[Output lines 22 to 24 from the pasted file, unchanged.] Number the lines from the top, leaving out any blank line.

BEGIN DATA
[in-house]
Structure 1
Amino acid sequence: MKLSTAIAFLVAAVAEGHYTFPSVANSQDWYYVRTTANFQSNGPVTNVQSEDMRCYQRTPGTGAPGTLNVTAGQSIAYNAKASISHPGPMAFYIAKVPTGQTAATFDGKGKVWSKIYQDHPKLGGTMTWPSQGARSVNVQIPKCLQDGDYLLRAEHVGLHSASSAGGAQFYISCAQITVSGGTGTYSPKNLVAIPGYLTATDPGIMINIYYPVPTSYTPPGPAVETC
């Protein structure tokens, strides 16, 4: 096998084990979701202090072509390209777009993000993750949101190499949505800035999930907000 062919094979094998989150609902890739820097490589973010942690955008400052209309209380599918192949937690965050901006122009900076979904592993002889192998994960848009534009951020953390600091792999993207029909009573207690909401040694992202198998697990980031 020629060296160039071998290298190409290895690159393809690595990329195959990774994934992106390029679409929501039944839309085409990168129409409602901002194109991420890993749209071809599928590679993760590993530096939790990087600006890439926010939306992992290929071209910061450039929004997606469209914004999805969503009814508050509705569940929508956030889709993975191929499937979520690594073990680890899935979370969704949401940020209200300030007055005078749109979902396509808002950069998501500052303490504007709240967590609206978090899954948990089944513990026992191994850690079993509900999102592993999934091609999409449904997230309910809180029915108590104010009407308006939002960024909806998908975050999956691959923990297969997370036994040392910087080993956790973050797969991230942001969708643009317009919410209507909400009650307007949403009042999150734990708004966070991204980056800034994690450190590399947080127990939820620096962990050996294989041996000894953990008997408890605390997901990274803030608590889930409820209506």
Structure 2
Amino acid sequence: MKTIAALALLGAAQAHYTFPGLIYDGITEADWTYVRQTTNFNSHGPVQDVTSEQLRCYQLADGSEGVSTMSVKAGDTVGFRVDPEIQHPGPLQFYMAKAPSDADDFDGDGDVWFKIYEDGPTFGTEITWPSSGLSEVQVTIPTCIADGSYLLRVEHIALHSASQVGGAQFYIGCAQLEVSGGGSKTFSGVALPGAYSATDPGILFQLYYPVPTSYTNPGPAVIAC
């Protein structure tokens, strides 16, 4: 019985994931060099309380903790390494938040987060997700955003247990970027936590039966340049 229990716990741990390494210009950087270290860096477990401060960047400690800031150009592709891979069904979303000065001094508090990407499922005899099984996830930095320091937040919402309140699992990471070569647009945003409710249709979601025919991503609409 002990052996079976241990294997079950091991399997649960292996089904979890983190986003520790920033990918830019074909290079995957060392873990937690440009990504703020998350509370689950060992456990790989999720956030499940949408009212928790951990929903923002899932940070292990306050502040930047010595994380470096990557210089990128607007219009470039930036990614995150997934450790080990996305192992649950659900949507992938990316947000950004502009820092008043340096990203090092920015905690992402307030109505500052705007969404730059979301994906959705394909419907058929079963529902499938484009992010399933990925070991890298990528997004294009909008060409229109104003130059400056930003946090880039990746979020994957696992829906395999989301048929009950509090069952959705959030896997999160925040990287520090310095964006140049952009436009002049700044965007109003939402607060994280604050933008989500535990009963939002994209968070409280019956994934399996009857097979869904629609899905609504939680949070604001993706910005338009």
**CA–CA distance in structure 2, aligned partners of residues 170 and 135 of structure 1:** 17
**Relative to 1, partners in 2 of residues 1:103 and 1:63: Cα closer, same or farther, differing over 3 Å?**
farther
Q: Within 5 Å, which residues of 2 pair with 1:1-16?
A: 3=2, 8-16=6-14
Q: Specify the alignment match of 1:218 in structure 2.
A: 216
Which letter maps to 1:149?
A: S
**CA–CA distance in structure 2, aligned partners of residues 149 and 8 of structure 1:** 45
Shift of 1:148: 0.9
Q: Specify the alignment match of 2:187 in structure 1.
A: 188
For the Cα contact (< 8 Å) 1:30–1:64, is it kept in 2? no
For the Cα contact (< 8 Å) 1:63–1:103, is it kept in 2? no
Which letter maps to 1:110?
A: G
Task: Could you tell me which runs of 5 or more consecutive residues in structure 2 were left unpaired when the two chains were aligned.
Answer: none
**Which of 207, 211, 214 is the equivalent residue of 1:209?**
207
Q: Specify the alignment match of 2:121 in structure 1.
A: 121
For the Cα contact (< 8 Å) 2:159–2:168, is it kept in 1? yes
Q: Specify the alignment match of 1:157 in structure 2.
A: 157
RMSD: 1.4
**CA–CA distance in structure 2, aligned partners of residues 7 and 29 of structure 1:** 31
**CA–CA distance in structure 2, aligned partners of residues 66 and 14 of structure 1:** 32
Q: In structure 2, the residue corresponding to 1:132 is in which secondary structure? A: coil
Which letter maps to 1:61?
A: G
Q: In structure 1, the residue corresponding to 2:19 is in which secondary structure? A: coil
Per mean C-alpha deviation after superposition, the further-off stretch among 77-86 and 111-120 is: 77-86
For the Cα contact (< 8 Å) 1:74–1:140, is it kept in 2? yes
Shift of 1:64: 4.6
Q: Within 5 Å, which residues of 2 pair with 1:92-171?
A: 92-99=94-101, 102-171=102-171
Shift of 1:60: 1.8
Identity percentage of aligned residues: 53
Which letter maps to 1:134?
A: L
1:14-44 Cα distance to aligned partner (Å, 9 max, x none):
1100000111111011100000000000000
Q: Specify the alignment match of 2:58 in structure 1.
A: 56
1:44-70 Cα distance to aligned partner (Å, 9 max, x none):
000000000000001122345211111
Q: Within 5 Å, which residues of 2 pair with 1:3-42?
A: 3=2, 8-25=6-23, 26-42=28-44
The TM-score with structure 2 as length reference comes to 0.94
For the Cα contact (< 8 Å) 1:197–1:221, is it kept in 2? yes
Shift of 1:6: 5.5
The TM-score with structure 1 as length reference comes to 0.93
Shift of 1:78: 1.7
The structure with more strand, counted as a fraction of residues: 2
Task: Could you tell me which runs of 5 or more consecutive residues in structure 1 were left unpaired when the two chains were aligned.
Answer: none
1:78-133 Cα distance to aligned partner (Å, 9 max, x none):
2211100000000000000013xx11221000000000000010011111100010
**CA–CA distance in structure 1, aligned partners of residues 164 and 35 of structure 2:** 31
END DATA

For the Cα contact (< 8 Å) 1:63–1:103, is it kept in 2? no
Which letter maps to 1:110?
A: G